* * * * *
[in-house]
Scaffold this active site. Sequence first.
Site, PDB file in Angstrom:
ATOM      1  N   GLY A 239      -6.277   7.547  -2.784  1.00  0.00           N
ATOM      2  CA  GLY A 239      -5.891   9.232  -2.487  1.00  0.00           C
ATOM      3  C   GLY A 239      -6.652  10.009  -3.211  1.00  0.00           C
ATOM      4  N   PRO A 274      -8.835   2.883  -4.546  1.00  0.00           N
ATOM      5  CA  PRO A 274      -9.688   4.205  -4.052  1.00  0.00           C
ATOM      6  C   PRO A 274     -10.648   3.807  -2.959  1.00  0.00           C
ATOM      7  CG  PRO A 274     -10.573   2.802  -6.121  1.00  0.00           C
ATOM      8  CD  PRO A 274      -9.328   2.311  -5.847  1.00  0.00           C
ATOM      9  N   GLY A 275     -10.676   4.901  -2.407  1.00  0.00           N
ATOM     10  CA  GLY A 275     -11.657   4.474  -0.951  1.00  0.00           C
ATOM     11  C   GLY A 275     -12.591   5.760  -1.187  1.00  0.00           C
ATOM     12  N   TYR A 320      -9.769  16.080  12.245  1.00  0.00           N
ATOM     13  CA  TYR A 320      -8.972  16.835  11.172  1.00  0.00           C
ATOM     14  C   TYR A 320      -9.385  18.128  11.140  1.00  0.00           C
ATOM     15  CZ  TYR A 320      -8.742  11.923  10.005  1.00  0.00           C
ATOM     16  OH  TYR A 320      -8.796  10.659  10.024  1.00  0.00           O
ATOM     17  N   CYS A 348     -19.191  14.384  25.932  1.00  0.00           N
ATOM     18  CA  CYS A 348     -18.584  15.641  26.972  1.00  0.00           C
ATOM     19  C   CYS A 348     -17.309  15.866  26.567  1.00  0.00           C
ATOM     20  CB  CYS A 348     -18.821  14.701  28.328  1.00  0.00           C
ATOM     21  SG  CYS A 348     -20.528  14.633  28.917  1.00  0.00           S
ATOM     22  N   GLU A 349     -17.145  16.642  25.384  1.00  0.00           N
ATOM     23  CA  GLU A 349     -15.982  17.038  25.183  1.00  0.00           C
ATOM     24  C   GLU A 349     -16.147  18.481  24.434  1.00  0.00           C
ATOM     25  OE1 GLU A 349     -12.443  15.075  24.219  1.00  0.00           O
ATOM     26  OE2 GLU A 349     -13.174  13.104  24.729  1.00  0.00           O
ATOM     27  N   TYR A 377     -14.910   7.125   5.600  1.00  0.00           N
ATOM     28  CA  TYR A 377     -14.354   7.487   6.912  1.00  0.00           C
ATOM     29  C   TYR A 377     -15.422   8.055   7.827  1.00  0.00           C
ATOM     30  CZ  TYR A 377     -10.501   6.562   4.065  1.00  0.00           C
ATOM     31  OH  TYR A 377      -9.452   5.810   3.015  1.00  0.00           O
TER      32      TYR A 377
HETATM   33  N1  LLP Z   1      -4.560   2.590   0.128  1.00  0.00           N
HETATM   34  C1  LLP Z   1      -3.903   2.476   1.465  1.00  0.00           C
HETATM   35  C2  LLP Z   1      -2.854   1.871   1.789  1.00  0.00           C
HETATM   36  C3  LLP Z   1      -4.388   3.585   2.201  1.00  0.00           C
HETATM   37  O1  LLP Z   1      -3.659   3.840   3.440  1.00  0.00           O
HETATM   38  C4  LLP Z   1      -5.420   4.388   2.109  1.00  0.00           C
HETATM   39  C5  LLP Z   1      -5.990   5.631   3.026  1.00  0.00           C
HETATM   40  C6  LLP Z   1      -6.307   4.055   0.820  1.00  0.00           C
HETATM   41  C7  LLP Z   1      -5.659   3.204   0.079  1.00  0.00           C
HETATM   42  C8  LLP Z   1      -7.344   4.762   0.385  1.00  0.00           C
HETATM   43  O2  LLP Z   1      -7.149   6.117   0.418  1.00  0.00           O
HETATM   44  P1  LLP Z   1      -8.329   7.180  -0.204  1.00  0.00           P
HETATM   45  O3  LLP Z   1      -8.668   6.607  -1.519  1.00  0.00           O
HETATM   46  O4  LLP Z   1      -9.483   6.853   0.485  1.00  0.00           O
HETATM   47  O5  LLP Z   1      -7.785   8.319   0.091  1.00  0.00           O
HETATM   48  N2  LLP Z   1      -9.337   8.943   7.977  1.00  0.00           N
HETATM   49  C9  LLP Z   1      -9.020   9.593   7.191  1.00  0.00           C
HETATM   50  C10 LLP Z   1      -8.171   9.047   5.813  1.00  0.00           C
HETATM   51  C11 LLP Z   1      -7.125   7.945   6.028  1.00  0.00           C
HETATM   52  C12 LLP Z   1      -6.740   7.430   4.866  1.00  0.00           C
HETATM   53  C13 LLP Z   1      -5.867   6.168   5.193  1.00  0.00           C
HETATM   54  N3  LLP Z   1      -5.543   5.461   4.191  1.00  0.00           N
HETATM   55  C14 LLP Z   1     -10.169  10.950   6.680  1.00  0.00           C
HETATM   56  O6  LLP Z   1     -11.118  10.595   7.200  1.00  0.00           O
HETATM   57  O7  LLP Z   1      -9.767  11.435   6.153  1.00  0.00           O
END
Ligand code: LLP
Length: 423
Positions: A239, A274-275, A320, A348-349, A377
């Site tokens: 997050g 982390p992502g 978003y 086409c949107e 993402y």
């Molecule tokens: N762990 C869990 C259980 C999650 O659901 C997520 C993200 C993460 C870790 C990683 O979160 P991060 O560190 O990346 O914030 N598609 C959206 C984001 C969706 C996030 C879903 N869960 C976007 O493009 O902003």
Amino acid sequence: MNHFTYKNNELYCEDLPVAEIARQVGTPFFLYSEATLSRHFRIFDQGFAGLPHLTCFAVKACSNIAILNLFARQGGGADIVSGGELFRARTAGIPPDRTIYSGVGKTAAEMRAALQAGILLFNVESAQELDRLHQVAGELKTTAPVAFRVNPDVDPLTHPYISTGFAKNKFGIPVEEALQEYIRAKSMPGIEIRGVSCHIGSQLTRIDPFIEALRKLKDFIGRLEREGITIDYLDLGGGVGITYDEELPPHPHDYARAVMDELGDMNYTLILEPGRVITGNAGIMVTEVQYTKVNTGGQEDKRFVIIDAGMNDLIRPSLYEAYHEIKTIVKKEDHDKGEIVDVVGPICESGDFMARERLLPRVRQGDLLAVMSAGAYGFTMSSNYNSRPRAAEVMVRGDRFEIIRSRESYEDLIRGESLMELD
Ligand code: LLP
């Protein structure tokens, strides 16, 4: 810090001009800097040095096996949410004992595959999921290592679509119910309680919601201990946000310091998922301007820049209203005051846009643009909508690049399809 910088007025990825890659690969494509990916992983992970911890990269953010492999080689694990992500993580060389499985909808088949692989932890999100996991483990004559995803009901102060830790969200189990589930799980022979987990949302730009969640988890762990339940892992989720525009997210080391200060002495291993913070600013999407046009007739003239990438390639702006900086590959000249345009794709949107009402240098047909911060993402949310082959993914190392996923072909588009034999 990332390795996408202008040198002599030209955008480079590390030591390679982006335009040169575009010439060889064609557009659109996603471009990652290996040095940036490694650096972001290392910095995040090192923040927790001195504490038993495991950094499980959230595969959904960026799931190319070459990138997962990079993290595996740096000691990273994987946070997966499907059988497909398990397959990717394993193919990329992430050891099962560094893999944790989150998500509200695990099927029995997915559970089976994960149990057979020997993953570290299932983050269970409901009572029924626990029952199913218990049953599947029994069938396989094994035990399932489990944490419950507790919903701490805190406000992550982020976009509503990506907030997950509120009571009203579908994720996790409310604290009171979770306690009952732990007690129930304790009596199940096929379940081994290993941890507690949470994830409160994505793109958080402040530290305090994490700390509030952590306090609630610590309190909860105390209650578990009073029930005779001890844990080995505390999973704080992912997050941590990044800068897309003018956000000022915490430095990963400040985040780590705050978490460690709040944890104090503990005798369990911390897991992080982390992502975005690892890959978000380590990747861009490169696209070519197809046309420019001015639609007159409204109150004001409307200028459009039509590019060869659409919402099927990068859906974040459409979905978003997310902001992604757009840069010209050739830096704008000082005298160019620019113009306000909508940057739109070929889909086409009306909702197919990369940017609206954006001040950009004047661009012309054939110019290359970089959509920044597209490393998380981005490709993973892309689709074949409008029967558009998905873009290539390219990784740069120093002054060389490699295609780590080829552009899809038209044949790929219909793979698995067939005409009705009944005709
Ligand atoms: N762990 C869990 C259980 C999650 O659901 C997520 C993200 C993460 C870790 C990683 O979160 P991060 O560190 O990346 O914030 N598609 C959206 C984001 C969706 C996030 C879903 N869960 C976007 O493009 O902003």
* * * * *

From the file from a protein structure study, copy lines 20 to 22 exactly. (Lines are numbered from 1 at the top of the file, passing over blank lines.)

ATOM     17  N   CYS A 348     -19.191  14.384  25.932  1.00  0.00           N
ATOM     18  CA  CYS A 348     -18.584  15.641  26.972  1.00  0.00           C
ATOM     19  C   CYS A 348     -17.309  15.866  26.567  1.00  0.00           C